Art In America

More than Minimalism: The Algorithmic Turn at the Kitchen

"From Minimalism into Algorithm," an ambitious program at the Kitchen unfolding over the 2015-16 season, considers the roles of seriality, speculation and networked communication in art from the 1960s to the present. A slate of performances and...

Allison Katz

Describing the work of the American poet Frederick Seidel, the poet and critic Michael Hofmann has argued that “it’s important to understand that the poet is not in the lines”; this despite the fact that Seidel is writing mostly in the first person....

Michael Dean

The English artist Michael Dean has a complicated relationship with language, one that reflects the ambivalent relationship between postmodern British sculpture—with its down-to-earth blend of minimal, found-object, figurative and formalistic...

Thomas Eggerer

The figures that populate the recent paintings of the U.S.-based German artist Thomas Eggerer are engaged in activities that painting freezes and renders ambiguous or illegible. “Painting” and “figure” are here in conflict.

Atlas Dallas: Dallasian Spring

Preoccupied with developing urban infrastructure, the well-heeled civic leaders of Dallas have long viewed art—especially when supplied by big-name artists from afar—as a boost the city's "world-class" ambitions.

Laura Owens

The assumption that painting, with its direct link to the artist’s hand, offers unparalleled access to subjectivity has always been taken by Laura Owens as a cue for irony. She adopts pictorial idioms—fantasy landscape, decorative abstraction,...

Emily Wardill

From Hitchcock in Rear Window to Wenders in Paris, Texas, filmmakers seeking to make their medium reflect on the way film both attracts and deceives its audience have often begun by suggesting correspondences between viewer and character, in order to...

John Armleder

Inappropriately enough, in the 1980s, John Armleder was briefly associated with the Neo-Geo movement. The geometric idiom in painting is chiefly a means of closing down the arbitrariness of subjective decision-making, whereas Armleder has always been...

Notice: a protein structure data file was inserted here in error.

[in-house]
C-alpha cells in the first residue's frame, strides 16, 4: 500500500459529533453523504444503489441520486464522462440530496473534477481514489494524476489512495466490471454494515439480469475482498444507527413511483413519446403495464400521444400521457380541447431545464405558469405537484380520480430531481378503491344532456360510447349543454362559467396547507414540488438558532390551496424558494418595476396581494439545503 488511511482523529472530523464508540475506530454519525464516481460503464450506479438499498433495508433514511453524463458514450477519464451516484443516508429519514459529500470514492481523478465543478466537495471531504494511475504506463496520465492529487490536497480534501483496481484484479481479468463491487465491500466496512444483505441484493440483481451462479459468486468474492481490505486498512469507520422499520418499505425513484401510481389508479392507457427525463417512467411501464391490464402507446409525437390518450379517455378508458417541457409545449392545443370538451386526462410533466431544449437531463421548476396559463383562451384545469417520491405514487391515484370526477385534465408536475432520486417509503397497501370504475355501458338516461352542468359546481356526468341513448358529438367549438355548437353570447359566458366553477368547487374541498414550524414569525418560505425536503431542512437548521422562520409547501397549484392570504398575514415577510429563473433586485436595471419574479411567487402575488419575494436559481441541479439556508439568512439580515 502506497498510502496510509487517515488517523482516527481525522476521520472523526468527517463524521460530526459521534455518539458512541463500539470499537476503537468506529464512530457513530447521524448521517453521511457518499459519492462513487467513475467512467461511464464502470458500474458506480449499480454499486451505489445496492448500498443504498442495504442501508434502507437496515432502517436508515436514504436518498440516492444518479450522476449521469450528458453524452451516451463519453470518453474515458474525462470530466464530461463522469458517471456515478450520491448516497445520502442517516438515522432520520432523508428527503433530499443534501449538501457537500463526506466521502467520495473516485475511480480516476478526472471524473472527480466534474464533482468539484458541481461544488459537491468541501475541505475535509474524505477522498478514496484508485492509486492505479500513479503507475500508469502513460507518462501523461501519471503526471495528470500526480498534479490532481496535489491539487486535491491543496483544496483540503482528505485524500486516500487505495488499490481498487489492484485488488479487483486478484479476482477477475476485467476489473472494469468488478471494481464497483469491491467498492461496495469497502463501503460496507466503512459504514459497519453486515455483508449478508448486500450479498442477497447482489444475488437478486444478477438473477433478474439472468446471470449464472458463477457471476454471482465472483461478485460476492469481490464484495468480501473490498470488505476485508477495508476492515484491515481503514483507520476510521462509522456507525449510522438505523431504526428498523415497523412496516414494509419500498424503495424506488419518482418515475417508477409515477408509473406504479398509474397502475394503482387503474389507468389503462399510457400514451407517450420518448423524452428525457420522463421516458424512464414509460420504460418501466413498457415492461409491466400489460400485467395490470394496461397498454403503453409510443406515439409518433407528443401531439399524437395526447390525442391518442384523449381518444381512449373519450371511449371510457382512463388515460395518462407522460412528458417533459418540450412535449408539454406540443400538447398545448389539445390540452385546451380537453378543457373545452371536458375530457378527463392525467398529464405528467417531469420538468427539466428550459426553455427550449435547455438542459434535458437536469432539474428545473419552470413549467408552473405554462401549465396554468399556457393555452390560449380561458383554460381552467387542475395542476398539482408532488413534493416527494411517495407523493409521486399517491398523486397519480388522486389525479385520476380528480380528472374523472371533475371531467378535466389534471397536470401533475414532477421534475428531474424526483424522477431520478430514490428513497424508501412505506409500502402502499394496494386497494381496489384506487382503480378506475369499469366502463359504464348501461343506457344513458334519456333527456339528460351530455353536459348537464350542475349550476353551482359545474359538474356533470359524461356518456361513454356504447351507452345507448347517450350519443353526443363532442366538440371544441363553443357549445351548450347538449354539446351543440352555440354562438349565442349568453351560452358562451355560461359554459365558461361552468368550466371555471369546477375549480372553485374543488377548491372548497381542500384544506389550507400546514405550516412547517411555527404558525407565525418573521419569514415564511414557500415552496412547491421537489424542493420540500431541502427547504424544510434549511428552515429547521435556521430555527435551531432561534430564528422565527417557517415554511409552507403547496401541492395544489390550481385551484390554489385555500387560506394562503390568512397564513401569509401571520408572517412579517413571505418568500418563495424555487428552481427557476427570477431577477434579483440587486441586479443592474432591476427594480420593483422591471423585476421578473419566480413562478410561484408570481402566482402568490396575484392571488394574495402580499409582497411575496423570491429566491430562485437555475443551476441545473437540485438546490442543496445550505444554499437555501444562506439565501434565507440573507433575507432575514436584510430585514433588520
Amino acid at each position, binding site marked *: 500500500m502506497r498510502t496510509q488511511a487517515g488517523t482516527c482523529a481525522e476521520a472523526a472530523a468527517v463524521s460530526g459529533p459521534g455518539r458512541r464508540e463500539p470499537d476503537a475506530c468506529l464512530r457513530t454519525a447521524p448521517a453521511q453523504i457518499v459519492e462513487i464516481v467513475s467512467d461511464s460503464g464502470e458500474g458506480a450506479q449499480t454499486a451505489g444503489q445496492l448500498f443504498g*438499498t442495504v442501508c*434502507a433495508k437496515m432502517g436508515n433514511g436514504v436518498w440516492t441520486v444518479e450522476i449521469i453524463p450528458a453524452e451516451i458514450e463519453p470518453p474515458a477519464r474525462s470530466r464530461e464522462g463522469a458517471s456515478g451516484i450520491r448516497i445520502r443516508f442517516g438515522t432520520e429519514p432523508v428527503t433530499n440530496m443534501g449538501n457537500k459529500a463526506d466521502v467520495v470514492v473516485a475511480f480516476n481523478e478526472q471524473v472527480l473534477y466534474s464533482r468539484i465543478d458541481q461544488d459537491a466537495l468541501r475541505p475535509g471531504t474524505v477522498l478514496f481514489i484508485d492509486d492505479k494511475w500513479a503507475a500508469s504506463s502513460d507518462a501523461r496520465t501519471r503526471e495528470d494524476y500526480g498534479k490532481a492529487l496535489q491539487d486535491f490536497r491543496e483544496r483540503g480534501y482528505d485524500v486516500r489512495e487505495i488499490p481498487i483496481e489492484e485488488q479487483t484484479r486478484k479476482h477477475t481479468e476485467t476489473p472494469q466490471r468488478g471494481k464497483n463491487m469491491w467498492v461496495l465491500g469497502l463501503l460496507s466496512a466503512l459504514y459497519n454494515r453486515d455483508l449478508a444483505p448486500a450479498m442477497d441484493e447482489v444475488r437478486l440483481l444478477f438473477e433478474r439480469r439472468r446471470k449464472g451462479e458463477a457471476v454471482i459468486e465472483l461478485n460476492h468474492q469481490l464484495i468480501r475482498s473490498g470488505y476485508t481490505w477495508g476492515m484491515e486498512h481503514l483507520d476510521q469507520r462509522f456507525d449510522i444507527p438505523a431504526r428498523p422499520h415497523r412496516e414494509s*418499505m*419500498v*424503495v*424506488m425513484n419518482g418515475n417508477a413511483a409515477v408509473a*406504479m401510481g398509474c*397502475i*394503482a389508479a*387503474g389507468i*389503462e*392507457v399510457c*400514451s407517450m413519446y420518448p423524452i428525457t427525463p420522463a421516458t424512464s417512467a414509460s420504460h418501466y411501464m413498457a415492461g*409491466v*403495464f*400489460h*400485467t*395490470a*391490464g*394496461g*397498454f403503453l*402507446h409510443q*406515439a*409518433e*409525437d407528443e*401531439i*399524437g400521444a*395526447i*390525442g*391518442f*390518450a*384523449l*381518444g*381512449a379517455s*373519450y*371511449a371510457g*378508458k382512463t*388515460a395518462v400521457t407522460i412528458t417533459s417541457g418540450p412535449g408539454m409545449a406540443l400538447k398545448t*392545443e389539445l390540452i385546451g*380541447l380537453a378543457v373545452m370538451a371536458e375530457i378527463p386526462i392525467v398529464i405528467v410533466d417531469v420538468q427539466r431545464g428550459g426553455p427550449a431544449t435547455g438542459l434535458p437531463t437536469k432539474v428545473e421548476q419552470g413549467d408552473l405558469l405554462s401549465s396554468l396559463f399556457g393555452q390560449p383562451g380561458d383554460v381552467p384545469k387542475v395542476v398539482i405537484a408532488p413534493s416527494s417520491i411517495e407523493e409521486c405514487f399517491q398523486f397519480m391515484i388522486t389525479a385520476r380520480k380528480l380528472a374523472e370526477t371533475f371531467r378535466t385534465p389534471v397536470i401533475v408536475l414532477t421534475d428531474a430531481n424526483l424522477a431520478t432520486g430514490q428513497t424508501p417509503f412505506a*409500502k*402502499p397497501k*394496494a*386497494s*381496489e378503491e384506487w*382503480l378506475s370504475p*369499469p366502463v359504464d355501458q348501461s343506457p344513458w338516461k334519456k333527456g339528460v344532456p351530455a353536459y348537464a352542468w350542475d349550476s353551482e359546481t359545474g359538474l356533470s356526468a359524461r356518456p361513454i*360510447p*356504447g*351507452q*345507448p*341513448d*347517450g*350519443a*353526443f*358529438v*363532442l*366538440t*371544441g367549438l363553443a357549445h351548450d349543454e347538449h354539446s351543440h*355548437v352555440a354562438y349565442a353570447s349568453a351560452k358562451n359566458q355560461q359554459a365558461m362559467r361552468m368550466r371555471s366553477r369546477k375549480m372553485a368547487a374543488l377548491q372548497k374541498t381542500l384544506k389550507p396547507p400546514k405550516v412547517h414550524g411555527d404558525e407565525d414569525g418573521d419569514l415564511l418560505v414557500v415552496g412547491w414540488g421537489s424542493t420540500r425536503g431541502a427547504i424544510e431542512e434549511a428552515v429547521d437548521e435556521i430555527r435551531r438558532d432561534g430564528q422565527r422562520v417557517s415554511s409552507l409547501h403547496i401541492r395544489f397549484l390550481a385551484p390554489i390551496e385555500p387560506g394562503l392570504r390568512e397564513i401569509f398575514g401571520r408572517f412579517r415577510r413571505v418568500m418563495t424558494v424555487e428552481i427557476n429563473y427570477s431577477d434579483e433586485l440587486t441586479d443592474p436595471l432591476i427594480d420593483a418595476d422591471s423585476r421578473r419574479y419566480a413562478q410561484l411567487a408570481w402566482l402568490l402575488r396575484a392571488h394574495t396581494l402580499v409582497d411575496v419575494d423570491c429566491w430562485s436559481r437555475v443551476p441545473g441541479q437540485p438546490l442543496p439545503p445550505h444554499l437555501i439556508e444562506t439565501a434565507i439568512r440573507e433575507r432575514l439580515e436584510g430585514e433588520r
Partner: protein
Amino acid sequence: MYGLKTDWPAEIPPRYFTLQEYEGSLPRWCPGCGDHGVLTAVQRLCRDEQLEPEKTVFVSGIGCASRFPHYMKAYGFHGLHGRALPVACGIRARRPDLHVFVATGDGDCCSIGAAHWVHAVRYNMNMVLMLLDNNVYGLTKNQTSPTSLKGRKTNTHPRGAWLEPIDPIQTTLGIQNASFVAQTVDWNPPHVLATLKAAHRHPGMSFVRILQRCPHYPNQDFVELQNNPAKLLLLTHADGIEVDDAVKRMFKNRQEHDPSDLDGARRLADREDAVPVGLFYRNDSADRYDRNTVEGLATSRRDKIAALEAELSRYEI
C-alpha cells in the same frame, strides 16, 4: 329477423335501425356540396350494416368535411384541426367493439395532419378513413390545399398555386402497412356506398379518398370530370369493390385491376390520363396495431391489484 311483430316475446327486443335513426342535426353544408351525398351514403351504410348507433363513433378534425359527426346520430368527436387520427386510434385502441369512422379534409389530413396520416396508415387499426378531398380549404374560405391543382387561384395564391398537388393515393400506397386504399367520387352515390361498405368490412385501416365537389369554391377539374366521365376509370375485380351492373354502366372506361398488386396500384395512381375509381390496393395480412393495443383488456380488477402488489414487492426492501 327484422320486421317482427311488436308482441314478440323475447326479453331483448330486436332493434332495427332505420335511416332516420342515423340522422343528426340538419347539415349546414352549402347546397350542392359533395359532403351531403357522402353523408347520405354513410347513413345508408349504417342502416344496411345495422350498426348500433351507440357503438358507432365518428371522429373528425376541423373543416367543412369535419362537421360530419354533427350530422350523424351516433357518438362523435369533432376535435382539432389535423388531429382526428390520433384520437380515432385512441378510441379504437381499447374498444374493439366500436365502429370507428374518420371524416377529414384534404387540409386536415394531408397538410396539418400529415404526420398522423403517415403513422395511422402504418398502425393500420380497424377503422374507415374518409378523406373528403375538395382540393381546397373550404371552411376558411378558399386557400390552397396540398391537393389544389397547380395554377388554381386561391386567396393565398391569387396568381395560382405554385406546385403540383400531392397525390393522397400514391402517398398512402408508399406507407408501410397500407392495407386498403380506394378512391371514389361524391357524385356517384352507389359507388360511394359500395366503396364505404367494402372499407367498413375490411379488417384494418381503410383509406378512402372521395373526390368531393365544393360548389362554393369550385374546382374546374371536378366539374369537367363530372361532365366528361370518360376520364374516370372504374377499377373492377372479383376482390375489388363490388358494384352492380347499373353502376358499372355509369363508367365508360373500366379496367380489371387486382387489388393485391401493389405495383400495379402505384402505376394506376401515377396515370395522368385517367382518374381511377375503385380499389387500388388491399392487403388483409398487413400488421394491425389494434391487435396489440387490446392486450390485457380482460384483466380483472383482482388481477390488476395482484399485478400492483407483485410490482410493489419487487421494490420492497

Meriç Algün Ringborg

“A Work of Fiction (Revisited),” 2013-14, actualizes the example sentences that dictionary editors provide to demonstrate word usage. 

Anne Hardy

Since the 1960s and '70s, sculpture's "expanded field"  has produced transient forms—temporary installations, performances, Earth works—that often continue to exist only in photographic documentation. 

Elizabeth McAlpine

Elizabeth McAlpine's series of 10 photographic works is elusive, even deceptive, but not in the way we typically think of photography as being.

Thomas Zipp

Thomas Zipp's art evinces a romanticism that its postmodernist methods designate as obsolete. It is a paradox his irony strives to justify. 

Henrik Håkansson

The problem with environmental art is the undeniable gravity and unassailable rectitude of its theme. It may seem irresponsible for artifice to tackle a subject best left to scientific research or documentary record.

John Stezaker

Shadows loom large in John Stezaker's new works. Derived from '40s and '50s B-movie film stills, these prints on canvas render the actors in flat, heavy black ink, the background sets in disquieting gray-blues or orange washes. A recurring theme...

Ned Vena

Usually, where contemporary U.S. painting is still in thrall to its great flowering of the 1950s and '60s, its allusions are ironic or critical qualifications of an earlier ideal of direct, painterly expression.

Gunter Reski

Painters emerging in the 1990s found themselves confronting their art's relation to a burgeoning digital-image culture in a way that corresponded to the response of Pop artists of the 1950s to the early mass media of the postwar era. 

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